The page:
The Iranians also violated the JPOA by busting through the 1 million barrels per day monthly limit that the agreement puts on their energy exports. (Here’s a story from May about Iran’s “topping a level allowed under economic sanctions”). The State Department used to rationalize this violation by predicting that in the subsequent month Iran’s exports would drop, thereby balancing out the average of their monthly exports. But as it became clear that the monthly exports were not ever going to balance out, the administration argued that Iran had wasn’t really cheating because the JPOA has a loophole for condensates.
Under the JPOA, Iran was supposed to convert all newly produced LEU hexafluoride into uranium dioxide, but a recent IAEA report shows that Iran has converted only 9 percent of it. As a report from the Institute for Science and International Security explains, “When it became clear that Iran could not meet its commitment to convert the LEU into uranium dioxide, the United States revised its criteria for Iran meeting its obligations,” and an administration official reasoned that this was okay because the uranium had been transformed into another form of the oxide.
The administration has also politicized intelligence so that Iran’s misbehavior never comes to light. For example, the Iran, North Korea and Syria Nonproliferation Act requires the State Department to tell Congress every six months if those countries are trying to illegally acquire WMDs or missile technology. Those reports have to include a notice that the State responded to the violations with sanctions, or provide an explanation as to why they didn’t impose sanctions. The last report was handed over to Congress in December 2014 and covered violations from 2011, with nothing from the intervening three years. A report from the Government Accountability Office found that the administration’s foot-dragging was motivated by “variety of political concerns, such as international negotiations and relations with countries involved in transfers.”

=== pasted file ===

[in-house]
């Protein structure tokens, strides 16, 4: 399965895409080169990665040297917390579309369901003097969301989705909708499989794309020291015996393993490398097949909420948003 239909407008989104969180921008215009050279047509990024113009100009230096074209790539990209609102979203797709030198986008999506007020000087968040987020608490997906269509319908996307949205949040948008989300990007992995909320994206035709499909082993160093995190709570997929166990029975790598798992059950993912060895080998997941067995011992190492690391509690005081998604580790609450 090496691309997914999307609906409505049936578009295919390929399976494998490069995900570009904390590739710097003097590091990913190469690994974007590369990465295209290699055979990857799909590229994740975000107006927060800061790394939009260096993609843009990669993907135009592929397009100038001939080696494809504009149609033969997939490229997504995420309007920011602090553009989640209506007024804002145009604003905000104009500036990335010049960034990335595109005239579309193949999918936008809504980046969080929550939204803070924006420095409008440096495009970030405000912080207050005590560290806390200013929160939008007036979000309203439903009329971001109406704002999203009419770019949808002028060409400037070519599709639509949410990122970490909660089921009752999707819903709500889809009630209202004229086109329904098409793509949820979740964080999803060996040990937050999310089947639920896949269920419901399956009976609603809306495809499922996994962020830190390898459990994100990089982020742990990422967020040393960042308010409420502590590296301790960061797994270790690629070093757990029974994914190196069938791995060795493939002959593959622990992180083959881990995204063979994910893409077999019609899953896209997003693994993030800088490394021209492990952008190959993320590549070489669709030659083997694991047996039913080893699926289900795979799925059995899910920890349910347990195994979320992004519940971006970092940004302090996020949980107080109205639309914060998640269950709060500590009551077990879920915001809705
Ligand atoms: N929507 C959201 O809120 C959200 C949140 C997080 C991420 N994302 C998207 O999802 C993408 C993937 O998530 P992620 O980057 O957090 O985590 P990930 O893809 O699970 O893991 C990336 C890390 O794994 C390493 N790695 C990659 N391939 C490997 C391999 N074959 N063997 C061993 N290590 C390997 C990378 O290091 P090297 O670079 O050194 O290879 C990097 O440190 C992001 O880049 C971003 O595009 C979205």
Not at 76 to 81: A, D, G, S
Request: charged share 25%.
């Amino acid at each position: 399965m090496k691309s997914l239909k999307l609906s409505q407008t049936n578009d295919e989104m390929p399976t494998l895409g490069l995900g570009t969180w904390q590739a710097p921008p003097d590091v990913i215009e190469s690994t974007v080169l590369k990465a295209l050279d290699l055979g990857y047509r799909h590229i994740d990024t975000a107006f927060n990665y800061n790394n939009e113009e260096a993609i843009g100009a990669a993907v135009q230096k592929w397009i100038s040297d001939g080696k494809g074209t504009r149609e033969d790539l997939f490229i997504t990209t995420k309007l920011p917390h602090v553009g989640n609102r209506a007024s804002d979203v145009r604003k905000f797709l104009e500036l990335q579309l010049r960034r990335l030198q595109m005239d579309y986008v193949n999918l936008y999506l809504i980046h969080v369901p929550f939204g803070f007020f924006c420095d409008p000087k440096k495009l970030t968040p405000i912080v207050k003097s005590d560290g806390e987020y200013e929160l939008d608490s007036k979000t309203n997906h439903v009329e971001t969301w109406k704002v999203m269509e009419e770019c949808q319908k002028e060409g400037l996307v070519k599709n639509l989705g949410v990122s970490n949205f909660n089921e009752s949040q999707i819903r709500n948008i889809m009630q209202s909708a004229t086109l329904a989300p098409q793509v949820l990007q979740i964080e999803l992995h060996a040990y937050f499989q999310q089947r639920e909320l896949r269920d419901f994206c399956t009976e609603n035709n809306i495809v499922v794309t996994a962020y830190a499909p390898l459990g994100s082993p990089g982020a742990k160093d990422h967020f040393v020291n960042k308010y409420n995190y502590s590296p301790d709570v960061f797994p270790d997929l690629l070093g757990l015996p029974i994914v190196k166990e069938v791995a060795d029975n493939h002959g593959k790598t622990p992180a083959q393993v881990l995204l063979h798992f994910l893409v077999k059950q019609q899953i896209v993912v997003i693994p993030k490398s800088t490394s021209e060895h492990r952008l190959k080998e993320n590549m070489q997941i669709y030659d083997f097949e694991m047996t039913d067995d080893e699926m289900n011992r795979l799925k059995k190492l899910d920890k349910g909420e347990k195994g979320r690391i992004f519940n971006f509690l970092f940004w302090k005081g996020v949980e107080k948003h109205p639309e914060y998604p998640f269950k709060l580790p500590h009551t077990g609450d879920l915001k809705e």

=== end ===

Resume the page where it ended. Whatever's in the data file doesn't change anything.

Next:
On June 1, a UN panel reported that Western powers, including the White House, have been withholding intelligence on Iranian sanctions violations. The panel’s suggested that Western government have made “a political decision… to refrain from reporting to avoid a possible negative impact on ongoing negotiations.” Although some of the unreported violations have been happening out in the open, the Obama administration suppressed intelligence on North Korea shipping ballistic missile technology to Iran: Obama was briefed on the transfers, but the intelligence was kept secret from the United Nations.
The administration also kept a Pentagon report showing that Iran is continuing to develop ballistic missile technology away from lawmakers for six months in order to avoid “upsetting Tehran and the nuclear talks.” The White House, according to some former U.S. officials, has put so much political pressure on the CIA that the agency’s analysts are now in an “impossible position regarding analysis of Iran’s nuclear program.”
In short, it’s hard not to see the administration as Iran’s lawyer. Maybe it’s for the best of all possible reasons. Maybe the Obama administration really will get a good agreement with Iran over its nuclear program. But if it does, it will probably be years—maybe even decades—before the world knows for sure. Right now, the Iranians refuse to come clean about their nuclear activities, while the White House, instead of compelling Tehran to uphold its part of the deal, is helping them cover it up.